Looking After Polysialic Acid

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Science  14 Dec 2007:
Vol. 318, Issue 5857, pp. 1699
DOI: 10.1126/science.318.5857.1699c

In some cases, the effects of neuronal activity are restricted to particular developmental stages. For instance, the loss of visual input from one eye early in life leads to a shift in the responsiveness of neurons in the visual cortex toward the functional eye. The onset and time course of this critical period for ocular dominance plasticity are influenced by the maturation of GABAergic innervation, which is itself regulated by visual input and neuronal activity. Di Cristo et al. found that polysialic acid [PSA, a homopolymer of sialic acid that attaches to neural cell adhesion molecule (NCAM) and modulates intercellular bonds] and NCAM were abundant in the neonatal mouse visual cortex but that PSA underwent a steep decline after eye opening. Pups reared in the dark showed increased PSA as compared with pups reared under conventional light/dark cycles. Injection of endoneuramidase (which cleaves off PSA) into the visual cortex promoted both perisomatic GABAergic innervation and the frequency of miniature inhibitory postsynaptic currents. Moreover, it stimulated the early onset of the critical period for ocular dominance plasticity. Thus, maturation of GABAergic inhibition—and thereby the initiation of ocular dominance plasticity—is regulated by an activity-dependent decrease in PSA. — EMA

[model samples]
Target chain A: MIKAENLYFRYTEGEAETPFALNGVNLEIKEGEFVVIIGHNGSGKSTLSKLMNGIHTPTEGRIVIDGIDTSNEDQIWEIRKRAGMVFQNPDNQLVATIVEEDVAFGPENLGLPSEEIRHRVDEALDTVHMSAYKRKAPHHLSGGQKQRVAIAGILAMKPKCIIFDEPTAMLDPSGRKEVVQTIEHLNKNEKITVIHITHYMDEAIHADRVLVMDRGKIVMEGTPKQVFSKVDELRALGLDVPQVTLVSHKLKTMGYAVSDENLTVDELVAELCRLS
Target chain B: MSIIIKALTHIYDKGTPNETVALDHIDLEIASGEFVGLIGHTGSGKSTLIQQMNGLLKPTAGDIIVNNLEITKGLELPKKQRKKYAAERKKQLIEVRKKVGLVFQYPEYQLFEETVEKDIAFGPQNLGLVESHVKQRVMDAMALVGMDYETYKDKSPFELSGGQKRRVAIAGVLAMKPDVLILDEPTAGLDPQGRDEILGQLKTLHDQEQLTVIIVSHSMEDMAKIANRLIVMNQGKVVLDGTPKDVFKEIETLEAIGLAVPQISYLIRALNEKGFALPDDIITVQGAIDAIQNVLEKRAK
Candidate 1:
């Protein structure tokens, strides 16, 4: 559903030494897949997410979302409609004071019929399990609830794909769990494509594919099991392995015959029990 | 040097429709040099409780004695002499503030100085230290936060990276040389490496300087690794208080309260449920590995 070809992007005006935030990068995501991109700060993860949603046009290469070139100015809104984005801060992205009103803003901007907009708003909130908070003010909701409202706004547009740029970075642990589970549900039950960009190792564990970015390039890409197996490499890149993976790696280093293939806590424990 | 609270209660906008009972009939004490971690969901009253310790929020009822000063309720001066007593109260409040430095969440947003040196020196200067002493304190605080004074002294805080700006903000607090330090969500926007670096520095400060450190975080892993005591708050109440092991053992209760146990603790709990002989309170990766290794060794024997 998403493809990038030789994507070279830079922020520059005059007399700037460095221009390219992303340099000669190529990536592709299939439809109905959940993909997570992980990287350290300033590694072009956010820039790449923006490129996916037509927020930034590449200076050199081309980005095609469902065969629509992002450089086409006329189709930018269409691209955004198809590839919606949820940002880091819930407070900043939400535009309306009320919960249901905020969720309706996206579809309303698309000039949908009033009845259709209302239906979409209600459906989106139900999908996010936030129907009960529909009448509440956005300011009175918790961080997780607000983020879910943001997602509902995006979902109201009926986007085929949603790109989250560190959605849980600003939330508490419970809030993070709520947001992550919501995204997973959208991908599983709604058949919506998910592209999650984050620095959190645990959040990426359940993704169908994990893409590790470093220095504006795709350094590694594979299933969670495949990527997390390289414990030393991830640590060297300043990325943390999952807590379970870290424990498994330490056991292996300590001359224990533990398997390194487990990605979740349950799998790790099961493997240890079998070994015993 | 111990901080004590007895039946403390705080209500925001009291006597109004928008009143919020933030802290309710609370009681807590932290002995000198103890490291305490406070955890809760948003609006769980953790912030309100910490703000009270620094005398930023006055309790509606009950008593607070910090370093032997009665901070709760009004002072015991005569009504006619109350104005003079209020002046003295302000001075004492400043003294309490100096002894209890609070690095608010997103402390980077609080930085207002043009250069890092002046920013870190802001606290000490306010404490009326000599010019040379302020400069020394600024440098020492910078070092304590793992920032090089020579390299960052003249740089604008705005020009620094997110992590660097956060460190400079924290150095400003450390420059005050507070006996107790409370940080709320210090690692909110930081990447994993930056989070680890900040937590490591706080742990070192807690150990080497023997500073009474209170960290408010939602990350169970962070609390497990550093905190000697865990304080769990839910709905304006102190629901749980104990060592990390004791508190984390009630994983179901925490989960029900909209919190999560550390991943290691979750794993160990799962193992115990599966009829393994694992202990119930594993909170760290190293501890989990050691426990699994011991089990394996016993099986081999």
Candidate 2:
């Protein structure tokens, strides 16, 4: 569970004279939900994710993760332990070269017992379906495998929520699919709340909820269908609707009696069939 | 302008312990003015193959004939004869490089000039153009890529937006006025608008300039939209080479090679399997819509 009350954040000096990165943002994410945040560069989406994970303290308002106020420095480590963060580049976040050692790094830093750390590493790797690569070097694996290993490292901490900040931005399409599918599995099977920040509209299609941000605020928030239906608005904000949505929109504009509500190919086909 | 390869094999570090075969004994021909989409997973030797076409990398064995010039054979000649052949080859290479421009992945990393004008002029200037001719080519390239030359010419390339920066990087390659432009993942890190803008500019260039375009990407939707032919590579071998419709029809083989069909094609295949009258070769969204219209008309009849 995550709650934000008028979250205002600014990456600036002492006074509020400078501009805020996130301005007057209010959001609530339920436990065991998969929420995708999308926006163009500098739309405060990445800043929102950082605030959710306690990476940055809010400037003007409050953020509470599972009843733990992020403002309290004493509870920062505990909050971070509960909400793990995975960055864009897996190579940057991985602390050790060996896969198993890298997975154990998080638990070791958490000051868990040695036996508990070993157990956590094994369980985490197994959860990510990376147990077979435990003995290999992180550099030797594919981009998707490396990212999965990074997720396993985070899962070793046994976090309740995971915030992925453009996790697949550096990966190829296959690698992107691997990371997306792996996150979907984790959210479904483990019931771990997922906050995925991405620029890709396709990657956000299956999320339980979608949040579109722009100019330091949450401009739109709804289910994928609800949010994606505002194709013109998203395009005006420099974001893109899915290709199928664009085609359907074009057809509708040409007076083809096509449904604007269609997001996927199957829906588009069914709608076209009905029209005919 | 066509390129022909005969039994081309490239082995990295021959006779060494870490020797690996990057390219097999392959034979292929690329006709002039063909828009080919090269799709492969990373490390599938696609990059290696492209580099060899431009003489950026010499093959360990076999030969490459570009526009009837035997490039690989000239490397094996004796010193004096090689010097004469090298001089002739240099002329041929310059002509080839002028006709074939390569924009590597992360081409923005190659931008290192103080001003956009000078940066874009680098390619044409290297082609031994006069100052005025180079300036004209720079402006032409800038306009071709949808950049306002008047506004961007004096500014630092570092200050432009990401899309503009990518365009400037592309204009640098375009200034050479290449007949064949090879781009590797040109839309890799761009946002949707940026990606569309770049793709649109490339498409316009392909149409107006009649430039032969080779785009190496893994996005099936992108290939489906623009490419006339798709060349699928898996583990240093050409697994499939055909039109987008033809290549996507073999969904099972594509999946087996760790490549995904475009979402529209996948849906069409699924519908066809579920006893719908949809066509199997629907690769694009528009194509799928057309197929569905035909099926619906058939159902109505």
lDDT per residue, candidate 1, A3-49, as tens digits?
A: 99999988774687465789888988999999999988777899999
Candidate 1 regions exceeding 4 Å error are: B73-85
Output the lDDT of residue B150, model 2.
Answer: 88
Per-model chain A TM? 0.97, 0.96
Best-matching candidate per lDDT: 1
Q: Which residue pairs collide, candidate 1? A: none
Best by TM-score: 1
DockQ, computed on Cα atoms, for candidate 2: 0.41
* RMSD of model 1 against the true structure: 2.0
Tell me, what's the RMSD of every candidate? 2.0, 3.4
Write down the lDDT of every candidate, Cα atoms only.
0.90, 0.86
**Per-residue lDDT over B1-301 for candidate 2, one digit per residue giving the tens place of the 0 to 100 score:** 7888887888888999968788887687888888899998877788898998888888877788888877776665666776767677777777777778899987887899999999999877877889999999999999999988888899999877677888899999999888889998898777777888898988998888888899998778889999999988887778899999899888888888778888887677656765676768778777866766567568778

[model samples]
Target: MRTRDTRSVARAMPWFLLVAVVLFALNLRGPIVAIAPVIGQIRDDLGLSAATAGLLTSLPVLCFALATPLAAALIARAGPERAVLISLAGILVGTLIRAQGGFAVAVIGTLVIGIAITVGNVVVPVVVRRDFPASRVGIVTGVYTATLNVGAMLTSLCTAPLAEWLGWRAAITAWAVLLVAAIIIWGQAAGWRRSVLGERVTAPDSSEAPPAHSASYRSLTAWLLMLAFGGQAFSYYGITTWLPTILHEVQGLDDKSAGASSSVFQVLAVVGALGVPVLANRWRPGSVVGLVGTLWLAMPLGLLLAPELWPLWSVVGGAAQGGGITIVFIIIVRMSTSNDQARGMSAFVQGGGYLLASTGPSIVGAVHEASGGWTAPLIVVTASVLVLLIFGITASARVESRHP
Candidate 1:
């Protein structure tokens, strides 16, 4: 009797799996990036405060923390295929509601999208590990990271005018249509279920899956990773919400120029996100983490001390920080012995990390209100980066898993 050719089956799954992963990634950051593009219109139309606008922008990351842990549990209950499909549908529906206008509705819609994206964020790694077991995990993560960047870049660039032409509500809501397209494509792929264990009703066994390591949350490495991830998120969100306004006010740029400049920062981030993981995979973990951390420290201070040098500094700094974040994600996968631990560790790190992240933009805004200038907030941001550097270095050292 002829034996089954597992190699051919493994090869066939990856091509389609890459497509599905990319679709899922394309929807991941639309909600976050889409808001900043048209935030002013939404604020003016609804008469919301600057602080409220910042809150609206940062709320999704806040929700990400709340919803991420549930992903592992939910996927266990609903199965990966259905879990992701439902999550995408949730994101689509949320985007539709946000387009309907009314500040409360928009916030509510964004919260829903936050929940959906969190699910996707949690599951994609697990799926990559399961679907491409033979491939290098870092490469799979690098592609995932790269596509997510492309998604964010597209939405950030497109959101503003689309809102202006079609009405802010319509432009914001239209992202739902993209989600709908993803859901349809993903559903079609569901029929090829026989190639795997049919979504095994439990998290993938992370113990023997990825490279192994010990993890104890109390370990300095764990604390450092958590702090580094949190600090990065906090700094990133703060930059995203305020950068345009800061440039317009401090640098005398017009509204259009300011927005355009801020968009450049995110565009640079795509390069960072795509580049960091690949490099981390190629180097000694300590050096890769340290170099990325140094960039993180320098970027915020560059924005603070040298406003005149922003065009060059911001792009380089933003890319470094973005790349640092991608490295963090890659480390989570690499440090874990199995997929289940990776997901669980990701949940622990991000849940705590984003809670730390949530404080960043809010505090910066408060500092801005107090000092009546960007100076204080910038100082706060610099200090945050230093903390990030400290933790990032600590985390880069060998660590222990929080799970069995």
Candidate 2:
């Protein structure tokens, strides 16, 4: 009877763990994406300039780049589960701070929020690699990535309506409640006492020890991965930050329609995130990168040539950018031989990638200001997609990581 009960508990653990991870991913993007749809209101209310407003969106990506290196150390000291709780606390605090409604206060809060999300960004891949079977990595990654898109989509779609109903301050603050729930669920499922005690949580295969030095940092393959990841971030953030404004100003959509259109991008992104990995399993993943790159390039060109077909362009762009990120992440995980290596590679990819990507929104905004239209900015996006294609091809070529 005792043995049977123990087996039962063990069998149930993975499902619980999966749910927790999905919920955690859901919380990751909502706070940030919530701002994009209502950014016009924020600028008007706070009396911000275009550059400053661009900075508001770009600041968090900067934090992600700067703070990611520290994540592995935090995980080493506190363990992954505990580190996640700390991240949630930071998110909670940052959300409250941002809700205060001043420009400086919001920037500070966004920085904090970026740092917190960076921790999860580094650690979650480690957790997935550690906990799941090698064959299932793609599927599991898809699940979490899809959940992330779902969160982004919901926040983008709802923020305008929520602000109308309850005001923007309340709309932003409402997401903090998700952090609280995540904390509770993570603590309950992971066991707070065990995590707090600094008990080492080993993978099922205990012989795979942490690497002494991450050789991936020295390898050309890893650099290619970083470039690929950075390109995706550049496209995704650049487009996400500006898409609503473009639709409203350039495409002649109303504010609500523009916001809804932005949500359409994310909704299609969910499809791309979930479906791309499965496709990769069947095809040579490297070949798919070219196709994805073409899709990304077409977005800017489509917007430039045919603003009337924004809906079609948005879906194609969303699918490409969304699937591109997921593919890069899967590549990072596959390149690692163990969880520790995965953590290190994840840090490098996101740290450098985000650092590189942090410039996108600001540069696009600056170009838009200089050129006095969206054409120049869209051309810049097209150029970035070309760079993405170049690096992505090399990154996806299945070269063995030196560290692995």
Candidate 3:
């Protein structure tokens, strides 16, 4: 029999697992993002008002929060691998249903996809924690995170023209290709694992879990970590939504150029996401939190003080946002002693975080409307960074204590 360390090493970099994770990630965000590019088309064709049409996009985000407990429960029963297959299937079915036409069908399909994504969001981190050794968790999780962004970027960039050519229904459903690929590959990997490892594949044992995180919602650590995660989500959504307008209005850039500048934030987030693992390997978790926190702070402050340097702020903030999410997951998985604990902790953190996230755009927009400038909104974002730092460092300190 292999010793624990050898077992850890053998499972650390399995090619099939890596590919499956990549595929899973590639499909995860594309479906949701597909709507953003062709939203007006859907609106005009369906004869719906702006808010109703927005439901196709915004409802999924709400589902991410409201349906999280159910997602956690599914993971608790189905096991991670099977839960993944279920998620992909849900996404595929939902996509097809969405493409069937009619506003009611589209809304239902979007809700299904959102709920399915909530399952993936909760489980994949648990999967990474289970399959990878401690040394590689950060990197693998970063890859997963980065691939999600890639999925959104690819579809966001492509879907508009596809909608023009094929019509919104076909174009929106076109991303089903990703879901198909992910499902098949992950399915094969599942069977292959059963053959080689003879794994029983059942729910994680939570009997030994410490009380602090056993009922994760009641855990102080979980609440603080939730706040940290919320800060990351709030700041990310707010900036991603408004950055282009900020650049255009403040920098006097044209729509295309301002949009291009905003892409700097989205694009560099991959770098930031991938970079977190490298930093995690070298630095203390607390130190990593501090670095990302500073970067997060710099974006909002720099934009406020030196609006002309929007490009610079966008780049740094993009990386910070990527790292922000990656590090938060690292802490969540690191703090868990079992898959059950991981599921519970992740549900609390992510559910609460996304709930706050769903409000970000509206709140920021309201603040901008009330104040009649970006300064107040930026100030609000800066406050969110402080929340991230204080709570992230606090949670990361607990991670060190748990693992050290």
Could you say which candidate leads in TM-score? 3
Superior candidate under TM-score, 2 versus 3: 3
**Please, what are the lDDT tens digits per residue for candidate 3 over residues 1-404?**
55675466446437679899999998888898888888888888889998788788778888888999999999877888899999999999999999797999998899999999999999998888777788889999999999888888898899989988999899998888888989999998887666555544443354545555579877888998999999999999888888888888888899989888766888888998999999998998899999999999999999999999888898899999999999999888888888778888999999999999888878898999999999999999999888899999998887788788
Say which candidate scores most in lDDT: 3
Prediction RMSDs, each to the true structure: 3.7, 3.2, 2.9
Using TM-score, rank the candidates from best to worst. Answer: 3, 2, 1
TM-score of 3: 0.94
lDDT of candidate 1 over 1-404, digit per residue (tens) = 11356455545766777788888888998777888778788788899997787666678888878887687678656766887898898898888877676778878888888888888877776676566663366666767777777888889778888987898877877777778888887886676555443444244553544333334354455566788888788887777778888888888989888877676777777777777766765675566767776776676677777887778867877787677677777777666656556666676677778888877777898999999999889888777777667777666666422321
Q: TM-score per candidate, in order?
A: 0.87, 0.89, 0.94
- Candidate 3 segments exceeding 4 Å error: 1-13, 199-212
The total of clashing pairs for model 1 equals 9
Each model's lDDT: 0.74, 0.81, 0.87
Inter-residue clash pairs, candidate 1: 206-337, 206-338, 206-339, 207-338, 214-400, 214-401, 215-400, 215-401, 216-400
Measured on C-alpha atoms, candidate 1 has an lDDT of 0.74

Nat. Neurosci. 10, 1569 (2007).

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